CHINA, FOR NOW, SPEAKS UP RATHER THAN ACTS: China accused the European Union of “naked protectionist behavior” on Thursday after von der Leyen launched her investigation. “China expresses its high concern and strong dissatisfaction” over the probe which “will have a negative impact on China-EU economic and trade relations,” the commerce ministry said in a statement. Nicolas Camut has more.
BARGAINING CHIP FOR EU? As China grows skeptical of the EU over this saga, the EU’s Trade Commissioner Valdis Dombrovskis has other plans. As he travels to China next week for the latest round of trade dialogue with China’s influential Vice-Premier He Lifeng, Brussels wants him to get more market access pledges from Beijing.
Good luck with that: “I’d be surprised if Chinese officials don’t fire back with the EV probe as soon as they hear ‘market access’,” an EU diplomat told China Watcher.
Rundown: The high-level trade dialogue, slated for September 25, will be structured around four main sessions, two diplomats and an official told POLITICO’s Camille Gijs and Barbara Moens: On macroeconomic issues; trade and investments; industry and supply chains; and financial cooperation.
EU DIGITAL CHIEF IN BEIJING
WARNING ON RUSSIAN PROPAGANDA: European Commission Vice-President Věra Jourová, newly appointed as the EU’s digital chief, is wrapping up a 24-hour visit to Beijing today. During her meeting with Vice-Premier Zhang Guoqing yesterday, Jourová brought up a topic Zhang was highly familiar with: Russia.
Speaking to Zhang just days after he met Russian President Vladimir Putin in Vladivostok, Jourová warned Beijing to tread carefully when it comes to parroting Moscow’s disinformation on its war against Ukraine.
Here’s what she said: “I have stated that we consider how China interacts with Russia’s war against Ukraine to be a determining factor for EU-China relations going forward. This includes of course aspects relating to cybersecurity, and disinformation,” Jourová said in a statement to POLITICO after the EU-China High-Level Digital Dialogue. She also said she told Zhang — the former head of Chinese state-owned defense contractor Norinco — that she counted on “China’s cooperation” to ensure “that no territory is used for malicious cyber activities.” Clothilde Goujard has the full story on POLITICO Pro.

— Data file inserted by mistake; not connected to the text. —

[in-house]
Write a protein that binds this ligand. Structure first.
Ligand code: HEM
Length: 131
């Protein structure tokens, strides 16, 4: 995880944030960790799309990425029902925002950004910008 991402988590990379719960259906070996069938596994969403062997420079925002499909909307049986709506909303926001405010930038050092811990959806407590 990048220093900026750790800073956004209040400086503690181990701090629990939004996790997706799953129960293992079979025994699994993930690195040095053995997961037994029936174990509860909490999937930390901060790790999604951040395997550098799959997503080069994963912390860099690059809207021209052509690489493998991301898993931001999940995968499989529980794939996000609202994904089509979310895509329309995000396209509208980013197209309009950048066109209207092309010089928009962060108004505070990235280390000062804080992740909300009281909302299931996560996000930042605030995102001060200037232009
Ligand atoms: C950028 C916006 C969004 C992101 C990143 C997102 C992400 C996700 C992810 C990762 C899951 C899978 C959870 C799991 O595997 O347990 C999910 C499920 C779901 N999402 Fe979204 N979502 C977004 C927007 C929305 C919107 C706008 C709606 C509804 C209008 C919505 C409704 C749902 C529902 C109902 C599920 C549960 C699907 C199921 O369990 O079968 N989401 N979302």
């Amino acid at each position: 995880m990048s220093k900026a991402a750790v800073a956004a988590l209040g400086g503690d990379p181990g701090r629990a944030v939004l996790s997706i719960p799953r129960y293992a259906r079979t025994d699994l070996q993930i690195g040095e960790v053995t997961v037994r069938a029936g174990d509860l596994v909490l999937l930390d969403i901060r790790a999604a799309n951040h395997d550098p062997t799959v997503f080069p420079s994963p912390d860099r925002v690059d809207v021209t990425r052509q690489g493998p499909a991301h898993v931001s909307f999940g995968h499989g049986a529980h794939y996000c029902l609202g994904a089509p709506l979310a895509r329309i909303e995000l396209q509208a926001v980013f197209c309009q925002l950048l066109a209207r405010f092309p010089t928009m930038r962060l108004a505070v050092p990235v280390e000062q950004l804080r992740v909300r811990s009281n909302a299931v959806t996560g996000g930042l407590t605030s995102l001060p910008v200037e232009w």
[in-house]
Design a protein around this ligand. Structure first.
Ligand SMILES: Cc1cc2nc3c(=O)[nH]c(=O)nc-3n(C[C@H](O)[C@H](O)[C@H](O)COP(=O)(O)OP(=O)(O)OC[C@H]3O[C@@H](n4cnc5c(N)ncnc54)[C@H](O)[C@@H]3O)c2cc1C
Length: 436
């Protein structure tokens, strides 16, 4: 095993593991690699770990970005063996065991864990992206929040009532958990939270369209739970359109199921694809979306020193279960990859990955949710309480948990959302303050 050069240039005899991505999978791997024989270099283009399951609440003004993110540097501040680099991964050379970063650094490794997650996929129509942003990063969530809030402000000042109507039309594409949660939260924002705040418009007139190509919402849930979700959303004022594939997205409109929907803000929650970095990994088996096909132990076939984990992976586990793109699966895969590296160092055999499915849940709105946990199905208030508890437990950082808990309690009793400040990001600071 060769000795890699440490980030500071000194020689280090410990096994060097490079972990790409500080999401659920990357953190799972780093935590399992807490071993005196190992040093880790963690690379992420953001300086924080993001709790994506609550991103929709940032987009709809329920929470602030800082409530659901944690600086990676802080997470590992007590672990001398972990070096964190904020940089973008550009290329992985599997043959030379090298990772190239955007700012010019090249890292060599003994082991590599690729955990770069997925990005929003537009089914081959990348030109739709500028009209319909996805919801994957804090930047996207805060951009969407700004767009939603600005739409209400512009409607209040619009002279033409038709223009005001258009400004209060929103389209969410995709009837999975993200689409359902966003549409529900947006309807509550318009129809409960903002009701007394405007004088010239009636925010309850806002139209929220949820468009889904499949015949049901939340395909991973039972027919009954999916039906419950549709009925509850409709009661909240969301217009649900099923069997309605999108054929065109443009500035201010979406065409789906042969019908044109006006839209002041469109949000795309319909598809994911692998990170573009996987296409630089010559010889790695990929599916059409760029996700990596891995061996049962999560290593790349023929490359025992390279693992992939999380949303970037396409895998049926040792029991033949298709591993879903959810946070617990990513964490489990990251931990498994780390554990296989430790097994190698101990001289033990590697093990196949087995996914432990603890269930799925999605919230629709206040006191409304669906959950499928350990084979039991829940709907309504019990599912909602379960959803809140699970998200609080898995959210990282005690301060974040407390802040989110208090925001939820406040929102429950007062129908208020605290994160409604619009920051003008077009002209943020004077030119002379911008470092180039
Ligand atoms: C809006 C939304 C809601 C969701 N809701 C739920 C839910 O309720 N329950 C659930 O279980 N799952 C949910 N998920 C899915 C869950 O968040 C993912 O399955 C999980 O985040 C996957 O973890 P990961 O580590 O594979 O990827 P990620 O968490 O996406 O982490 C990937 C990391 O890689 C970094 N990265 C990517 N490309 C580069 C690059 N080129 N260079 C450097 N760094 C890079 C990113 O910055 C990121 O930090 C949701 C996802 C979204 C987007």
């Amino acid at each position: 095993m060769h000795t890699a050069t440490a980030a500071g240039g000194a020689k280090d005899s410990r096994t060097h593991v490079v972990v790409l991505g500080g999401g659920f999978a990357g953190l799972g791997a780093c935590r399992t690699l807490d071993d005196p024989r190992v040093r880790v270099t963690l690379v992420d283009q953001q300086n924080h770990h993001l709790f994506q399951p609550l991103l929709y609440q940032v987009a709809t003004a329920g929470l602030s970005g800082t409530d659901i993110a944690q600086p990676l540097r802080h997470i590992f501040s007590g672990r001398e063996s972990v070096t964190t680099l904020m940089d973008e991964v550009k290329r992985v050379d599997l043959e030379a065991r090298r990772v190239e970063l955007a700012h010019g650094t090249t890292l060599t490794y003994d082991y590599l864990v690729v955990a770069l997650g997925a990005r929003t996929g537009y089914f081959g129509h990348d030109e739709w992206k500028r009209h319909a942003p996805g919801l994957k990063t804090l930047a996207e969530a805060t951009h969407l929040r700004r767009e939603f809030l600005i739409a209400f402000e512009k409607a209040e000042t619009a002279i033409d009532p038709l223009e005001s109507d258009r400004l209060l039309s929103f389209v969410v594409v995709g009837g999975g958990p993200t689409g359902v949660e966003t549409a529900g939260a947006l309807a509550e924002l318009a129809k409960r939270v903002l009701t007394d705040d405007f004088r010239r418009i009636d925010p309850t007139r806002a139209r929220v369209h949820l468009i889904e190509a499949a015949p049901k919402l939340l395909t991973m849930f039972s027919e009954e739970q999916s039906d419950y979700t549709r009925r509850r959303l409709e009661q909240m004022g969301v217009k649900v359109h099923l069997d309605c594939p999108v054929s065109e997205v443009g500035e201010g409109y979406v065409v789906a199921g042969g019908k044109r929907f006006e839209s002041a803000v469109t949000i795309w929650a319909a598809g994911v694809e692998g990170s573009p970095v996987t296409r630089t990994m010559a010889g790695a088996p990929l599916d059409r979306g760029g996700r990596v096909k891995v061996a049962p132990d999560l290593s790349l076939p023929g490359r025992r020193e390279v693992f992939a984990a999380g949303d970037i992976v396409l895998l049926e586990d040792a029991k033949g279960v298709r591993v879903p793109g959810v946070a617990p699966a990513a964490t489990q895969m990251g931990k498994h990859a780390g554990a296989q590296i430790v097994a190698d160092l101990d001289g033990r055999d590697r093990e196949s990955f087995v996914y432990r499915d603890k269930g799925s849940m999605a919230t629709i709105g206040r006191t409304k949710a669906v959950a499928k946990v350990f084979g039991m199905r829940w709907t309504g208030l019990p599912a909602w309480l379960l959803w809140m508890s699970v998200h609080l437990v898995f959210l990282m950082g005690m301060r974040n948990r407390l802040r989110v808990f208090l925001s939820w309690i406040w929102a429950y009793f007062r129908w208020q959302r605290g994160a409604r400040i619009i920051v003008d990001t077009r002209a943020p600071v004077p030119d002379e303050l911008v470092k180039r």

Big Tech findings: Tech companies like Microsoft and Meta in the last two weeks have exposed Chinese government-linked operations to spread disinformation, including the largest known covert influence operation aimed at discrediting the West on social media.
EU GETS NEW ASIA POLICY CHIEF: As I reported on our sister publication Brussels Playbook yesterday, the EU will appoint Swedish diplomat Niclas Kvarnström as the next Asia-Pacific managing director of the European External Action Service, the EU’s diplomatic arm. A fluent Chinese speaker, Kvarnström was tapped to succeed retired Gunnar Wiegand as the EU is in a dire need of shoring up China expertise in Brussels, as relations with Beijing get trickier by the day, two EU diplomats say.
Talking of China expertise: The European Commission has awarded the first China fellowship to Andrew Small, a renowned expert on EU-China relations and author of No Limits: The Inside Story of China’s War with the West. More fellowships are expected to follow.
BERLIN DROPS THE D-WORD: China on Monday summoned the German Ambassador to China Patricia Flor over Foreign Minister Annalena Baerbock‘s reference to Chinese President Xi Jinping as a “dictator.”
“China is strongly dissatisfied with and firmly opposes the German side’s remarks, which are extremely absurd, a serious infringement of China’s political dignity and an open political provocation,” China’s foreign ministry spokesperson Mao Ning said Monday. “China has made serious inquiries to the German side through diplomatic channels.”
Where the disputes began: Last week, Baerbock gave an interview to Fox News underlining Germany’s support for Ukraine— in which she fired a broadside at Xi. “If Putin were to win this war, what sign would that be for other dictators in the world, like Xi, like the Chinese president?” said Baerbock, from the German Green Party that has taken a tough line on China.
End of Germany’s China illusion? Here’s the take from European Council on Foreign Relations’ Janka Oertel.
OVER IN THE UK: Labour Party leader and Prime Minister hopeful Keir Starmer said the U.K. needs to “wean itself off” China “when it comes to trade, commerce and technology.”
Speaking to Anne McElvoy, the host of POLITICO’s new Power Play podcast, Starmer said: “We need to be absolutely clear about the security of the U.K. and issues like spying and interference which goes on and of course the human rights abuses that are taking place.”